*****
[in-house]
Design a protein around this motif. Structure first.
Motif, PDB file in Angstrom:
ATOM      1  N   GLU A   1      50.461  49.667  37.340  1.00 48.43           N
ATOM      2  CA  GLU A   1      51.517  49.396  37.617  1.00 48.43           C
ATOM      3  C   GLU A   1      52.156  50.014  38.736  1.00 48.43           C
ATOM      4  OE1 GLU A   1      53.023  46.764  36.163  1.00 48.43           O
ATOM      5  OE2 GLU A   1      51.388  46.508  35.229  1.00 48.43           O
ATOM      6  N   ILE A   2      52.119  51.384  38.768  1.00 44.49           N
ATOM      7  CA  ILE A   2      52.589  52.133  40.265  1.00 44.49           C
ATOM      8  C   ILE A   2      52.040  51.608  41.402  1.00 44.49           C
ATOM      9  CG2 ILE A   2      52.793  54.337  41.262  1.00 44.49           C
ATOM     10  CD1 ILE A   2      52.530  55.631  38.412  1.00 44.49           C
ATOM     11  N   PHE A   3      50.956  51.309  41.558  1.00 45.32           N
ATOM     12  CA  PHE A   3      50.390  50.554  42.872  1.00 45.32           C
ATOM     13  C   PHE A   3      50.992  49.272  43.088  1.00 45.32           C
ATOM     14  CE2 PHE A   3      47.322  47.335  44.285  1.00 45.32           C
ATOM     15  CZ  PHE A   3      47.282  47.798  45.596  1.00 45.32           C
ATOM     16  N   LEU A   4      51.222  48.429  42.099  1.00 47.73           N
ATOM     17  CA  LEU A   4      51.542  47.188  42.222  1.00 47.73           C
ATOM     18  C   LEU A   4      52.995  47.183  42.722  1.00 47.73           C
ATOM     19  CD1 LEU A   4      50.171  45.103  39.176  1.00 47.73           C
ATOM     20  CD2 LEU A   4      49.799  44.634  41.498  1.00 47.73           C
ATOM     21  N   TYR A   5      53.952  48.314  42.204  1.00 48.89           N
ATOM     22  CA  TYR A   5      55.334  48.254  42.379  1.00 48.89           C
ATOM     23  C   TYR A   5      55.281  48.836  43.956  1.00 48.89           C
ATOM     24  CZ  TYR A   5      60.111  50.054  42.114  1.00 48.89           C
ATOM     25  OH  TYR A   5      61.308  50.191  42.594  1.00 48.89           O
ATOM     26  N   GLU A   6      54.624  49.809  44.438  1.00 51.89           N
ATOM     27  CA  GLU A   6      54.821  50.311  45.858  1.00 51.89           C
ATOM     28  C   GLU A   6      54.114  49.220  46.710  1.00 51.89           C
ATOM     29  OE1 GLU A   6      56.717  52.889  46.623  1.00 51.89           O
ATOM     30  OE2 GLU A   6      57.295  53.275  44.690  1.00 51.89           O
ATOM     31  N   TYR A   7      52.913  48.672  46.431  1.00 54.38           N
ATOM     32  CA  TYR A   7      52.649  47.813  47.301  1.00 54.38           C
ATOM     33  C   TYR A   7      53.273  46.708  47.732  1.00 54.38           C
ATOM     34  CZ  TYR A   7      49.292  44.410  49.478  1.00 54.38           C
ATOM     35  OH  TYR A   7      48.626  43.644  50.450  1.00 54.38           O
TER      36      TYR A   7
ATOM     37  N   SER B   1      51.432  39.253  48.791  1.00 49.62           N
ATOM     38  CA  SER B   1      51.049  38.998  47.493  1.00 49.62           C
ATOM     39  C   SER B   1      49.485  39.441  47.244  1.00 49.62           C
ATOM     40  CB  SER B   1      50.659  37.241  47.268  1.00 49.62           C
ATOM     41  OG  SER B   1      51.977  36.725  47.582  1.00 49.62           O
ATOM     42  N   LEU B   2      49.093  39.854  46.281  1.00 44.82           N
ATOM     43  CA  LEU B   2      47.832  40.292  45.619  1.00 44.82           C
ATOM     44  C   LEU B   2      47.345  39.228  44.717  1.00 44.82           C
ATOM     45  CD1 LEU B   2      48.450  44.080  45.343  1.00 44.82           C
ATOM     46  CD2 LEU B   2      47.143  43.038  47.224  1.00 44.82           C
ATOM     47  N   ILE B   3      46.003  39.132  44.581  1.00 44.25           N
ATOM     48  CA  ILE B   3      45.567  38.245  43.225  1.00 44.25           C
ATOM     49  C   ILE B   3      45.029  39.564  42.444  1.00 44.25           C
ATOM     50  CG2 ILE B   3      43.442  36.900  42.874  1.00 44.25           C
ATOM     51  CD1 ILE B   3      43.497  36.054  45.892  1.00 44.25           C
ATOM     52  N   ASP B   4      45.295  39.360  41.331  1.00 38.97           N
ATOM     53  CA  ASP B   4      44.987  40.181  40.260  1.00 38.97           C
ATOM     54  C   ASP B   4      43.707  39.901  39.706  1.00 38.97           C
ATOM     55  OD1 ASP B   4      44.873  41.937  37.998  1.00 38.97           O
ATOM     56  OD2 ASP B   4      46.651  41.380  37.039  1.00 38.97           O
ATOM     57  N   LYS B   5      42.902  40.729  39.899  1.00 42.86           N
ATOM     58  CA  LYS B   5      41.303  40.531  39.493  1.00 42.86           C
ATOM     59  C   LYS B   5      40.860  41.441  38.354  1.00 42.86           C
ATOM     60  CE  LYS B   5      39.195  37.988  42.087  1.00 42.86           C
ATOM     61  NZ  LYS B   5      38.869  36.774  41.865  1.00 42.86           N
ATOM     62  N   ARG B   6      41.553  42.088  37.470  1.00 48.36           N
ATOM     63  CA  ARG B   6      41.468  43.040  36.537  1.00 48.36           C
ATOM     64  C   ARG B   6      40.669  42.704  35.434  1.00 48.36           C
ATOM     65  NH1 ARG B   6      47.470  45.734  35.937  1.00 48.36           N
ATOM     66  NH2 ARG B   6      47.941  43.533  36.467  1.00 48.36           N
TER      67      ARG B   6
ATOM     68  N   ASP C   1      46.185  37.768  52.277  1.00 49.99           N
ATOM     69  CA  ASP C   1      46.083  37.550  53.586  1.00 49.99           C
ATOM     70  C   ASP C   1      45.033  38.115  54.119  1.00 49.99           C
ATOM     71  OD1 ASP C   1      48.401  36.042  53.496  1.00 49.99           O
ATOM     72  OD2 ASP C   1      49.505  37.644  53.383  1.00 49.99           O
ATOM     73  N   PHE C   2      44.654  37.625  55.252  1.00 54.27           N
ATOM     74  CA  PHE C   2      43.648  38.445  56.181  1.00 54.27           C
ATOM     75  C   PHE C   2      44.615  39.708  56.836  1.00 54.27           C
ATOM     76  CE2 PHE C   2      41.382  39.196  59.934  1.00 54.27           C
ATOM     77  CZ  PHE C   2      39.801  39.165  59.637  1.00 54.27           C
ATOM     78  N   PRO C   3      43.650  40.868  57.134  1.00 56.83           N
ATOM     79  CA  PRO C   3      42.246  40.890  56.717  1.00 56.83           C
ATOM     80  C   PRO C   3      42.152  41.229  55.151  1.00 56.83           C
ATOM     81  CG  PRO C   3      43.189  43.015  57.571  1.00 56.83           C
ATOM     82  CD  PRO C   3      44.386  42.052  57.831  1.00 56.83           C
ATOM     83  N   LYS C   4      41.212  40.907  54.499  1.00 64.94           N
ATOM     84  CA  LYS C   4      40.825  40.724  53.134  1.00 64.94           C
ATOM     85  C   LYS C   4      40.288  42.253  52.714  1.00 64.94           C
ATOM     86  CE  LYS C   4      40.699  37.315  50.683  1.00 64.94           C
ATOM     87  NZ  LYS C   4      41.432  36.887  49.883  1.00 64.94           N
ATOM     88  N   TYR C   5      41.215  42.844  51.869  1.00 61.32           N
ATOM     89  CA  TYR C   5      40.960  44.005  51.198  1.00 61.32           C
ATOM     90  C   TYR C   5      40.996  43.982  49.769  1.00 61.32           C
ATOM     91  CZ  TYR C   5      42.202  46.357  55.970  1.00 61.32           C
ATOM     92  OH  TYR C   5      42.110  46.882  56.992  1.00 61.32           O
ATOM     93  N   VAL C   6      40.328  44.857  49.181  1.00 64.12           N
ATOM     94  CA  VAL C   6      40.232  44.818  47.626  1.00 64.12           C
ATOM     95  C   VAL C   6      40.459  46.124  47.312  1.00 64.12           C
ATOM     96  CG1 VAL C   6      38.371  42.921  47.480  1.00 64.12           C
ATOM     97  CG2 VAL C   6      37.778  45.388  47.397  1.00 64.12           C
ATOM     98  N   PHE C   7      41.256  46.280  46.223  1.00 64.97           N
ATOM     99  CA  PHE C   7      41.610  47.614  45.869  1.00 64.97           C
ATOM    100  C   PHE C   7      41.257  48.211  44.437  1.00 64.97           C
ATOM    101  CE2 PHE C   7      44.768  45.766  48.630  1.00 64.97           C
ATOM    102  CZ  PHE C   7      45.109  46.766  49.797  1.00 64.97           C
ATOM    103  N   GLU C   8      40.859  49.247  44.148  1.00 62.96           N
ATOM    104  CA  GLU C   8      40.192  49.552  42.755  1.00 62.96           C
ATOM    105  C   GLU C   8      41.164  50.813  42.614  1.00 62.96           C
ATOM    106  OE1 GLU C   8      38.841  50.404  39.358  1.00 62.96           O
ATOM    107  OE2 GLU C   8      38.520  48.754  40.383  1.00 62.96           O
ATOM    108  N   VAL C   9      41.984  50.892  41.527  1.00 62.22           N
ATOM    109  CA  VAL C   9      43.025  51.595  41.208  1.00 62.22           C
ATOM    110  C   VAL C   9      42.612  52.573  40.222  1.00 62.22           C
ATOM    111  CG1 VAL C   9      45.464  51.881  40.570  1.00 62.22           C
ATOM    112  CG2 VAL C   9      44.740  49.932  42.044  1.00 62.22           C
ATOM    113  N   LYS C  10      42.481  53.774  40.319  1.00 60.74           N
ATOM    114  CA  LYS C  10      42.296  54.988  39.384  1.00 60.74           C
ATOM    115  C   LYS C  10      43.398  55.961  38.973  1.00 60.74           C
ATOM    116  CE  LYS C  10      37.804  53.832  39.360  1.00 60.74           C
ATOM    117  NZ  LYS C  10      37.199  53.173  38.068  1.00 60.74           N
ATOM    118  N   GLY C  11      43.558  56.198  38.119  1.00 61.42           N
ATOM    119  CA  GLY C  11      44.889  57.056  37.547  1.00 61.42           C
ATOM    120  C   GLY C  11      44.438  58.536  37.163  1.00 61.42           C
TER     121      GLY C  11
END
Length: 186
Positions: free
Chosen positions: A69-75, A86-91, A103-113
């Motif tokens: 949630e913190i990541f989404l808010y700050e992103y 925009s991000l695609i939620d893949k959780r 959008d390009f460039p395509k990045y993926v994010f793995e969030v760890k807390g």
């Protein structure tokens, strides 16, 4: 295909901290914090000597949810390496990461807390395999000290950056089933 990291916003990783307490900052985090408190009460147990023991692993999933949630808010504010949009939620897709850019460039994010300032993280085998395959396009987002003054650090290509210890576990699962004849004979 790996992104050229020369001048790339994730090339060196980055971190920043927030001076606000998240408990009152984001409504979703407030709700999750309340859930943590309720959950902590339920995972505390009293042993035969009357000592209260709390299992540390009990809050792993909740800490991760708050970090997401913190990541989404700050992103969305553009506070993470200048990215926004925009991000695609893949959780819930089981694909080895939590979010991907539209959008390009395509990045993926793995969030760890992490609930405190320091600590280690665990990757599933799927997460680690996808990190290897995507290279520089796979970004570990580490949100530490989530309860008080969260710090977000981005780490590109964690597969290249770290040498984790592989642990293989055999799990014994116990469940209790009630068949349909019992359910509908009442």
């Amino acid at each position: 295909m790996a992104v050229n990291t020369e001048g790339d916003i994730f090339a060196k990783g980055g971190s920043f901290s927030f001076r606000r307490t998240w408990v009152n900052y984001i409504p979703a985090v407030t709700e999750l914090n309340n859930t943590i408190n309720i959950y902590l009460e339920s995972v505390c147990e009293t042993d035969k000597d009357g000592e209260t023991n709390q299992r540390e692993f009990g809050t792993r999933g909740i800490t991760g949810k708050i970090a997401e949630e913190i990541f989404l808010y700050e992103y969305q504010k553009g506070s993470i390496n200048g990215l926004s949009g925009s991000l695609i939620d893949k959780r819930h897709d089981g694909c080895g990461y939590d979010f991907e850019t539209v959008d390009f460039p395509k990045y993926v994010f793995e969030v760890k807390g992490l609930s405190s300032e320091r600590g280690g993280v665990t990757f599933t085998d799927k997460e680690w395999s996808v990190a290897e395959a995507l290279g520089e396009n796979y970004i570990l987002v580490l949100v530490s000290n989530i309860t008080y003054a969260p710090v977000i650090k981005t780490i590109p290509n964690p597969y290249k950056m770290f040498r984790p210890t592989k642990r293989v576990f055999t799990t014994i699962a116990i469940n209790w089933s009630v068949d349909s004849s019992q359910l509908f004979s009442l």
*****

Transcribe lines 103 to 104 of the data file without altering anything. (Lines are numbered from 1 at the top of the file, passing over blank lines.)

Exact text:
ATOM    100  C   PHE C   7      41.257  48.211  44.437  1.00 64.97           C
ATOM    101  CE2 PHE C   7      44.768  45.766  48.630  1.00 64.97           C